Employees should understand the following essential elements:
· Media containing sensitive information should not be released without appropriate sanitization.
· File deletion functions (e.g., the DEL command on MS-DOS) usually can be expected to remove only the pointer to a file (i.e., the file is often still recoverable).
· When data is removed from storage media, every precaution should be taken to remove duplicate versions that may exist on the same or other storage media, back-up files, temporary files, hidden files, or extended memory.
· Media in surplus equipment should be sanitized.

Data Remanence

A term which often arises during discussions of magnetic media sanitization is "data remanence." Data remanence is the residual magnetic or electrical representation of data that has been in some way erased or overwritten. This residual information may allow data to be reconstructed typically using laborious, time-consuming methods. This usually is a concern only to those processing classified information. For the unclassified community, overwriting of media is usually sufficient to reduce the threat of data reconstruction from data remanence. Often utility overwrite programs contain an option to overwrite the location of the file three times, ensuring that the chance of recovery of the information from data remanence is very remote.

Disk Encryption

Another approach to solving the problems raised in this bulletin is through the use of integrated encryption technology. This technology uses a device or software which encrypts all data as it is written to the disk. When the user retrieves a file, the data is automatically decrypted for the owner to use. This encryption/decryption process is typically transparent to the user. Should the disk be lost or stolen, no useful data can be retrieved without the legitimate owner's encryption key.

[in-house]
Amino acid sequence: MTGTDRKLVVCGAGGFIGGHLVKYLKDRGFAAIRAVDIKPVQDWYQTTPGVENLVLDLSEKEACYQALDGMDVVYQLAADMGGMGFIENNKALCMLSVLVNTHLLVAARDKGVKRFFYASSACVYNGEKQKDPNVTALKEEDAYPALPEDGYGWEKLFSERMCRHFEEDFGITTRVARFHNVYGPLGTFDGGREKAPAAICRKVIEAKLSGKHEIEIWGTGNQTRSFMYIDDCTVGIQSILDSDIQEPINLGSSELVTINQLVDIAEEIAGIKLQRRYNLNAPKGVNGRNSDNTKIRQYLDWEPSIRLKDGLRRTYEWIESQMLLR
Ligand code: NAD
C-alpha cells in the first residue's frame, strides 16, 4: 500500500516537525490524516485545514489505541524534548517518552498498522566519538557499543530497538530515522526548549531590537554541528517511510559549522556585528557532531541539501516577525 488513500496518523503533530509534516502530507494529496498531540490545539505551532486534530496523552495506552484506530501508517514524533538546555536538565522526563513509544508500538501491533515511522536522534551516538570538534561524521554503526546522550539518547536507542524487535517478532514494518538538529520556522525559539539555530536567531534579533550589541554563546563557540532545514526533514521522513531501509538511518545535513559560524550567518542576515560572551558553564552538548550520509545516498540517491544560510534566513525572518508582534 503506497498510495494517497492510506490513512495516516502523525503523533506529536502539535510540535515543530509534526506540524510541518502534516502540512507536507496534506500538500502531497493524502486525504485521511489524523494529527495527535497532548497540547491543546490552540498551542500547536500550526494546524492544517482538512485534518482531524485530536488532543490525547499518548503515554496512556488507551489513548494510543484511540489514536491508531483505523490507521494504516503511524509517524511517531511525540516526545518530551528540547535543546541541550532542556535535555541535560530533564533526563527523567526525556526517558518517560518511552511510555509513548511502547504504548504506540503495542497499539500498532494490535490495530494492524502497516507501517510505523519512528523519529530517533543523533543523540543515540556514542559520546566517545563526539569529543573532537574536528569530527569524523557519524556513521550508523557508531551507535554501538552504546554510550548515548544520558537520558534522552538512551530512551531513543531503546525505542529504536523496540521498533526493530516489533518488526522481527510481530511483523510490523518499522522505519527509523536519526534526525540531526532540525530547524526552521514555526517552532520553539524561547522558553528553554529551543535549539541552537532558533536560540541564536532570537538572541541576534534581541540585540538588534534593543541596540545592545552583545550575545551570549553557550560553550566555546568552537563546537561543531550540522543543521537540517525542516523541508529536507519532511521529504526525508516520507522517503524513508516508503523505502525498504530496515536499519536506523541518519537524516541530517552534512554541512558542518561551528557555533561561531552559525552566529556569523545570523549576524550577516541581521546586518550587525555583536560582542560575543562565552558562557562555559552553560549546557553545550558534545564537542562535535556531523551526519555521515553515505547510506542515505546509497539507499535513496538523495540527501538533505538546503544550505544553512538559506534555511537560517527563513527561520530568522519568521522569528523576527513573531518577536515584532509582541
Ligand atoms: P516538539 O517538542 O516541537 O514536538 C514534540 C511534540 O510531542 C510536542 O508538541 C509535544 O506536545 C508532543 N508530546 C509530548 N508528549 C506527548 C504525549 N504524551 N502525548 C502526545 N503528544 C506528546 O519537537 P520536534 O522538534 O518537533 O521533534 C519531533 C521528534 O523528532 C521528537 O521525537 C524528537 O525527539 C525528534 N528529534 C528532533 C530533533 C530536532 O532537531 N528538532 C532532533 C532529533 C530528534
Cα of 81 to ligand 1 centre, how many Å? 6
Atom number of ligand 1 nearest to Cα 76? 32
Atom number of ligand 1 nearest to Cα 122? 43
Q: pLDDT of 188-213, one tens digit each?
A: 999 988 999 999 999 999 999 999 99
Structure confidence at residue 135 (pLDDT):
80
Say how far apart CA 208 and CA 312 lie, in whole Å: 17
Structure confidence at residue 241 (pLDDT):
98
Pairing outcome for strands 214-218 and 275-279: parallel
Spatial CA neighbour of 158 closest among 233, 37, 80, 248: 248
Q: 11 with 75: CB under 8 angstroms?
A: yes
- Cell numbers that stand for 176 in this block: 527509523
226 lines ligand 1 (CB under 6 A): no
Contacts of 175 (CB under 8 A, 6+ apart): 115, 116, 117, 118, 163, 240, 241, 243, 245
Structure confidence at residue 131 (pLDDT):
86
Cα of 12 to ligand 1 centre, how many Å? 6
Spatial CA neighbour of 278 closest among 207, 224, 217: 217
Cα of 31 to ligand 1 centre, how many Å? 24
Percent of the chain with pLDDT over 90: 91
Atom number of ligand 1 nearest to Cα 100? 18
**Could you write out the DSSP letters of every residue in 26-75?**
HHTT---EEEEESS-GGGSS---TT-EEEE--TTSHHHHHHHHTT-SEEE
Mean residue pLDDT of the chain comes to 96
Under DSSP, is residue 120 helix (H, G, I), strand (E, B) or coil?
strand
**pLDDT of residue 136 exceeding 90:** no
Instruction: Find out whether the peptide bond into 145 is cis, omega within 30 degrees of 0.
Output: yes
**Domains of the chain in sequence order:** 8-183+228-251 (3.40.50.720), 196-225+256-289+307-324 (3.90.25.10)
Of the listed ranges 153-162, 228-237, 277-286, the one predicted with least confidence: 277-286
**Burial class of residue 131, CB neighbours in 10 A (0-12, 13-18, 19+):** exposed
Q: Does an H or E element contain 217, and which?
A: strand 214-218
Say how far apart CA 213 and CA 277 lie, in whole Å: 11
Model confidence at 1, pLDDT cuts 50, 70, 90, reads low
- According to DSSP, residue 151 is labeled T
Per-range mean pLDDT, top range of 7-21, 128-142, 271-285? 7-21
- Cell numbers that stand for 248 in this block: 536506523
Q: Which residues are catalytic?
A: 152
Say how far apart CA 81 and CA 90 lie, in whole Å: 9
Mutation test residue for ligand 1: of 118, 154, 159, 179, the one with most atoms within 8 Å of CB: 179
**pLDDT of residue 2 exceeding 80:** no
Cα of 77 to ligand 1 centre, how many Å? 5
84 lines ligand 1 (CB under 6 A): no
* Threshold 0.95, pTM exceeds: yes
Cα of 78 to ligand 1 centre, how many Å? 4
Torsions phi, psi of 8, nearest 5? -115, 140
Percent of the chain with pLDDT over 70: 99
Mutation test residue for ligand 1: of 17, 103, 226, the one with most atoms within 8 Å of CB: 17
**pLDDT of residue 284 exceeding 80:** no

Other Technologies

While this CSL Bulletin focuses on the need for sanitization of magnetic media, users should be aware that other storage technologies (e.g., optical media, EEPROM, bubble memory, UVPROM) may require special procedures. Security officers should be consulted when such issues arise.


FIRMR Bulletin C-22, Security and Privacy Protection of Federal Information Processing (FIP) Resources, September 18, 1992. Issued by the General Services Administration.

NBS Special Publication 500-101, Care and Handling of Computer Magnetic Storage Media, June 1983. A general guide to preservation of data on storage media particularly magnetic tapes and flexible disk cartridges. Available from the National Technical Information Service, Springfield, VA 22161, as PB83-237271.

NCSC-TG-025, A Guide to Understanding Data Remanence in Automated Information Systems, Version 2, September 1991. National Security Agency, Ft. Meade, MD 20755-6000.

Degausser Products List of NSA's Information Systems Security Products and Services Catalogue, issued quarterly by the National Security Agency, Ft. Meade, MD 20755-6000.